‘OUTSIDE perfect example of 1820 (of St John’s Downshire Hill Hampstead).

WITHIN ditto the columns

‘But the gallery front foxed me - the iron-work is slightly later - designed for ladies’ hooped skirts.

Hooped Skirts.

All Images from The Metropolitan Museum, New York.

Trinity Chapel railings

The original gallery front would have been plain flat white woodwork probably without panels. But if you paint the existing iron-work white, the appearance tends to suggest a swimming-bath. For that reason, I would suggest a pale green for the metal-work, but probably white for the woodwork (save for the green and gilt horizontal beams).

The piece de resistance is, of course, the pulpit (William IV?). [now missing]

It demands a communion table of the same period, a mahogany hall-table from an antique shop (being higher than a domestic dining table). Deacons’ chairs could be 19th cent dark chairs.’

THE ORGAN: I suspect from a private house, ought to loose its ghostly paint! 1820 organs had gold front pipes. A little later, the pipes would have been brown or green Or peony red, with black and gold stencilled patterns. What colour you decide on could be left until the walls and gallery have been new-done.

The pulpit deserves a cushion for the bible - boxed, red velvet, with very large red tassels at the corners.

Platform front - this is a problem. The late Victorian “Jacobean” is good of its kind, but it does not really fit in with 1820. Perhaps a dark stain or paint - the darkest green possible? - with only an “egg-shell” finish.

A square of red turkish carpet (with dark green and blue pattern) in front of the pulpit would be welcome! But, like anything else introduced, it should not be brand new. New stuff of any kind would shout.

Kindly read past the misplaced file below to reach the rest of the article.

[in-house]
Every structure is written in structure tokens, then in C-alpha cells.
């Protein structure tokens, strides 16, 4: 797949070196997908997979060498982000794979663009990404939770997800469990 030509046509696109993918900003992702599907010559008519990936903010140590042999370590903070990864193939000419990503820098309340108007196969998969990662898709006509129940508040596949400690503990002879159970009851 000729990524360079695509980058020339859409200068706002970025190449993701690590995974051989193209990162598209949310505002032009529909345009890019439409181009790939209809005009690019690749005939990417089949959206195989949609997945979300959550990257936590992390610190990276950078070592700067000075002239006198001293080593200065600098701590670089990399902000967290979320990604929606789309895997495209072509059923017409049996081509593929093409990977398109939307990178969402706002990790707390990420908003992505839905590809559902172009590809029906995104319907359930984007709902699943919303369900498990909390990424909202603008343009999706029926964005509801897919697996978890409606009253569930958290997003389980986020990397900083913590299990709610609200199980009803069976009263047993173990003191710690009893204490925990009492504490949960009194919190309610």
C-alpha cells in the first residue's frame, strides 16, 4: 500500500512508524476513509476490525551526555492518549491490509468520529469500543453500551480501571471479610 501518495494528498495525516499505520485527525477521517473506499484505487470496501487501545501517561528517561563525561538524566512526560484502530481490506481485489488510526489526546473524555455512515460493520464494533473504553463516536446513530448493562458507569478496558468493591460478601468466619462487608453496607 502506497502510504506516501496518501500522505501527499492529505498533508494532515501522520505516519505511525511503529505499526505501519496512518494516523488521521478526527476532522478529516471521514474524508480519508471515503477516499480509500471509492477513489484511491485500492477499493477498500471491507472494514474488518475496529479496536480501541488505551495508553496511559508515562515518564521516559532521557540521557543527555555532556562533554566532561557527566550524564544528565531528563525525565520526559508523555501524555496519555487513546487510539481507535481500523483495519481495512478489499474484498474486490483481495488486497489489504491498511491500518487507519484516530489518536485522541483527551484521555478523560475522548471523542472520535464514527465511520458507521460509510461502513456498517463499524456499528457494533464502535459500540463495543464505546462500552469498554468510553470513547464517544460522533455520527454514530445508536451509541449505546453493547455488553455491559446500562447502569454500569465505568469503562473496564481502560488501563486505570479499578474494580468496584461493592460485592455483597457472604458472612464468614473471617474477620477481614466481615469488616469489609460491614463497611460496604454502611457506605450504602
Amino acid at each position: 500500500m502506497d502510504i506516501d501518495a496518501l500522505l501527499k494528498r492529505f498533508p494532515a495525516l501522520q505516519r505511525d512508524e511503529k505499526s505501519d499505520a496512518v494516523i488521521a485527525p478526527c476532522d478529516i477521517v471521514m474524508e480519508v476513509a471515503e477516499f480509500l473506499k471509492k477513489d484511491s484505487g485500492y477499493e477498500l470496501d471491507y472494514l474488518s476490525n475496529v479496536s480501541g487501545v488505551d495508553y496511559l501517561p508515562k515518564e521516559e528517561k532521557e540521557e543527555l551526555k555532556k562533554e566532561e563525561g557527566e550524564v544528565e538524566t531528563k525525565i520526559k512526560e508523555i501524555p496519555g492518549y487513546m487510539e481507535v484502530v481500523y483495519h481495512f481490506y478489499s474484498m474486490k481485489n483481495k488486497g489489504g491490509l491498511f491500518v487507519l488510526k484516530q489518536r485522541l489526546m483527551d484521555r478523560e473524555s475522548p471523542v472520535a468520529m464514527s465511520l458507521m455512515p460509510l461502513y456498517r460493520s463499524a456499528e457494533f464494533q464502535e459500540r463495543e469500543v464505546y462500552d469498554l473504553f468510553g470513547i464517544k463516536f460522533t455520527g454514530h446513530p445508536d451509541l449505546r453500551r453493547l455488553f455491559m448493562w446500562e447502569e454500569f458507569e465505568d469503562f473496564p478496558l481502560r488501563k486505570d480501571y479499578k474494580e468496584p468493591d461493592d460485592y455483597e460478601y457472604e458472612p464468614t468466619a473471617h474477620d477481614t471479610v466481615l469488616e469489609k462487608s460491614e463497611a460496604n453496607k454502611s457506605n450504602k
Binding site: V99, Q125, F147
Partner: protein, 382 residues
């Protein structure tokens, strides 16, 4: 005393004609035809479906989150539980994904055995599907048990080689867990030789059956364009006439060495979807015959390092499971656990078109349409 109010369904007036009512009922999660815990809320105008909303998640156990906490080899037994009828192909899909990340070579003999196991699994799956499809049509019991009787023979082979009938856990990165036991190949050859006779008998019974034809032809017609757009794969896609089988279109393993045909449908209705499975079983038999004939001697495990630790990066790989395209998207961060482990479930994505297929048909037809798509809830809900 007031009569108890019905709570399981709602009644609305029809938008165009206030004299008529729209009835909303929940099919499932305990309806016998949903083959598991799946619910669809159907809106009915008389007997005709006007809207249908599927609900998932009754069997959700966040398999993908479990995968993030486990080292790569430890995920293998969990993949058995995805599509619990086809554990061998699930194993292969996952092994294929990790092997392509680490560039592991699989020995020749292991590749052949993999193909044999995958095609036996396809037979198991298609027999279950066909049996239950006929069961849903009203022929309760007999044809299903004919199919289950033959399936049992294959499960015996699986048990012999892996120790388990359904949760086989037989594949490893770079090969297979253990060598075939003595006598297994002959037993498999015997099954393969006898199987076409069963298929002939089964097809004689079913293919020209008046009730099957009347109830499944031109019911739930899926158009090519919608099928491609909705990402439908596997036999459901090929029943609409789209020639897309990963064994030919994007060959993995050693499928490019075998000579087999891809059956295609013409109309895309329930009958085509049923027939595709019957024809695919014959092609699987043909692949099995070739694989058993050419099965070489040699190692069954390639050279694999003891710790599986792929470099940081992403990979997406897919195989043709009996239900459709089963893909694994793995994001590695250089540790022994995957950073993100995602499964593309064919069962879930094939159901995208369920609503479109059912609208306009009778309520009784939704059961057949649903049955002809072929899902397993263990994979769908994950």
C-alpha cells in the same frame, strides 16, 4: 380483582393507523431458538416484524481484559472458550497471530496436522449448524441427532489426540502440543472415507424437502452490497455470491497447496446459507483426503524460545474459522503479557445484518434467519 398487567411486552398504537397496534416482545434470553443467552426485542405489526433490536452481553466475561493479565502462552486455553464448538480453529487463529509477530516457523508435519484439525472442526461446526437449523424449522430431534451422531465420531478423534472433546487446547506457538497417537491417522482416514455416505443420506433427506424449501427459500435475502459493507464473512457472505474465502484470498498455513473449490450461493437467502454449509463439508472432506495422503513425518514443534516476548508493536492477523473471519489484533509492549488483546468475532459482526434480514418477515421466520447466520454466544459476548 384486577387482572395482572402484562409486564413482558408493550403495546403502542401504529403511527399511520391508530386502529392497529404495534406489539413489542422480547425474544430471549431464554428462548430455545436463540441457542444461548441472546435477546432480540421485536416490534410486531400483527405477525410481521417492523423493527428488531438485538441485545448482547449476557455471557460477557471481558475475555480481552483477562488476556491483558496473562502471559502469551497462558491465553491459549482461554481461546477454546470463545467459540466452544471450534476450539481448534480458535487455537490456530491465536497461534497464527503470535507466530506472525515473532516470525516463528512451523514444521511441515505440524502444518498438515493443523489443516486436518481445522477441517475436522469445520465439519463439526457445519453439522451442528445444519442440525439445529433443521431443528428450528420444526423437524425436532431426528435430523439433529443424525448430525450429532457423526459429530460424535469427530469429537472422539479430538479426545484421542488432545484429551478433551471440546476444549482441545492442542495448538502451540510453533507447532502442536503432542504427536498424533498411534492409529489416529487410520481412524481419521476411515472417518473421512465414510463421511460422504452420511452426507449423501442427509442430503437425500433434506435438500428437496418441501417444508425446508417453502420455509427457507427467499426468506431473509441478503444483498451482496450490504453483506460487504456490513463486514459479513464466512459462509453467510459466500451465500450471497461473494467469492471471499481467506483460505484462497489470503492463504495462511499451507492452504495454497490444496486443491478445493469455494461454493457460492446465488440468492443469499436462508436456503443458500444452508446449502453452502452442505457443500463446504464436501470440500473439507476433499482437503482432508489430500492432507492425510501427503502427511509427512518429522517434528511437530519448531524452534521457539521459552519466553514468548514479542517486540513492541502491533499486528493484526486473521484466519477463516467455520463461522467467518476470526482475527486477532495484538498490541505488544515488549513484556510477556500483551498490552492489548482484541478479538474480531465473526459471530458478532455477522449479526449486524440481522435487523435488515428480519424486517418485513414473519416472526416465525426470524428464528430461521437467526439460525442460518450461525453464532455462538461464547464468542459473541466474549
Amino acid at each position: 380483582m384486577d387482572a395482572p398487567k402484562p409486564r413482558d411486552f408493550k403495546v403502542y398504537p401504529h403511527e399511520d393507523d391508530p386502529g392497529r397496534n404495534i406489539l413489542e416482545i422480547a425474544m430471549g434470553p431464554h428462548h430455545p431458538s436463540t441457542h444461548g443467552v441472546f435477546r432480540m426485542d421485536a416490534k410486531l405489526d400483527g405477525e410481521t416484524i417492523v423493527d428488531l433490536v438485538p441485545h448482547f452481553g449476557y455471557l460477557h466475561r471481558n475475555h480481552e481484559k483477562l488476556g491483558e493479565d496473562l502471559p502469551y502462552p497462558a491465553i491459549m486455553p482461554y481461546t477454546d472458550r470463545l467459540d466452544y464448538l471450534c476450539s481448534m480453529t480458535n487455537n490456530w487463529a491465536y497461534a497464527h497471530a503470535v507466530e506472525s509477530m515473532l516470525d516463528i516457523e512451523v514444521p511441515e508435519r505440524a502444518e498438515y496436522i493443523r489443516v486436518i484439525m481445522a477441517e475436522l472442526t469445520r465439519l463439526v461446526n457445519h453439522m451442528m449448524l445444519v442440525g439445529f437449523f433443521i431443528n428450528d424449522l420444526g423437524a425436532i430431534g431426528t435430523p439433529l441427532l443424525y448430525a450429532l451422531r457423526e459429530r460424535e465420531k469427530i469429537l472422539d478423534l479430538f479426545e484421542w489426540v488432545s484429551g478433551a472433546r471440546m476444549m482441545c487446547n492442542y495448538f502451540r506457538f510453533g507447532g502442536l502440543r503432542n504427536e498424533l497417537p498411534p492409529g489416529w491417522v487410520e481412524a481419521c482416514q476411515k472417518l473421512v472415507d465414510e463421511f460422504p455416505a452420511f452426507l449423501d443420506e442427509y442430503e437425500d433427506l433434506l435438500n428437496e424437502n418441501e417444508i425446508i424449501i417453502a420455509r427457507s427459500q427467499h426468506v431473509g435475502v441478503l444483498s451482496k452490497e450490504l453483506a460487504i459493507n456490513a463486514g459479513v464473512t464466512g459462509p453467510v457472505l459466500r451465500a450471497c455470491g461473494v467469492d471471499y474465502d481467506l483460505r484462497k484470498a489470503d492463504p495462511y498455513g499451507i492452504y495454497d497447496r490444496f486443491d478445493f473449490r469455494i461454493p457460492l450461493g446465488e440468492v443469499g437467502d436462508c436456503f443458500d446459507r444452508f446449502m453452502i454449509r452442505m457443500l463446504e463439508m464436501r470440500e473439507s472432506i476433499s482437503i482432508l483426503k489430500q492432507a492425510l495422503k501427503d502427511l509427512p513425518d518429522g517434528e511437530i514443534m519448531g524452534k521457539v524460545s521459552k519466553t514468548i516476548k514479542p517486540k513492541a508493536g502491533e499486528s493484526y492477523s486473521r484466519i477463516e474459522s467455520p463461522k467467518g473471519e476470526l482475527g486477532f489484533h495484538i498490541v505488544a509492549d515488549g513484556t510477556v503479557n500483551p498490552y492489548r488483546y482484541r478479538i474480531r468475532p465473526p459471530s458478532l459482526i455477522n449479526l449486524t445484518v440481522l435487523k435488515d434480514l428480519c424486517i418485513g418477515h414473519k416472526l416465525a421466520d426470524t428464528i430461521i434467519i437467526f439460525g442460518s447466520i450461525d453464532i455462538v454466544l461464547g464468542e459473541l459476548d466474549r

For the same reason, cut flowers should not be used - they came in as a result of the Oxford Movement! But the occasional pot fern on a window ledge would be in keeping; and perhaps the occasional huge jar of evergreens standing on the floor at festivals.’

Pictures to follow. JG

Thought for this week:

Ravenstonedale manse - Westmorland home of Bernard Lord Manning. May 2019

Trinity Congregational Chapel is an independent church, founded in 1828, affiliated to The Congregational Federation.

All are welcome to our services

please join us for:

Ministry

Our minister is Revd Dr Alan Argent. He is a Brixton boy, born and bred, who first came to this church aged 11 years and has not managed to leave yet. You see Trinity really is habit forming! Educated at the London School of Economics (Bsc Econ), King's College, London (M Th), and University College, London (Ph D), he trained for the ministry in Cambridge.

Service by candlelight.

Join us for our conservation evenings at Trinity.

Fellowship meals, coffee mornings, sales of work, book sales - all by arrangement.

Baptisms, Marriages and Funerals by arrangement with the minister.

This note was received after a recent baptism:

"I just wanted to say thank you so much for a wonderful christening on Sunday. My friends and family were all raving about your service and how enjoyable it was. Thank you so much for having us and huge thanks to you for being so accommodating throughout."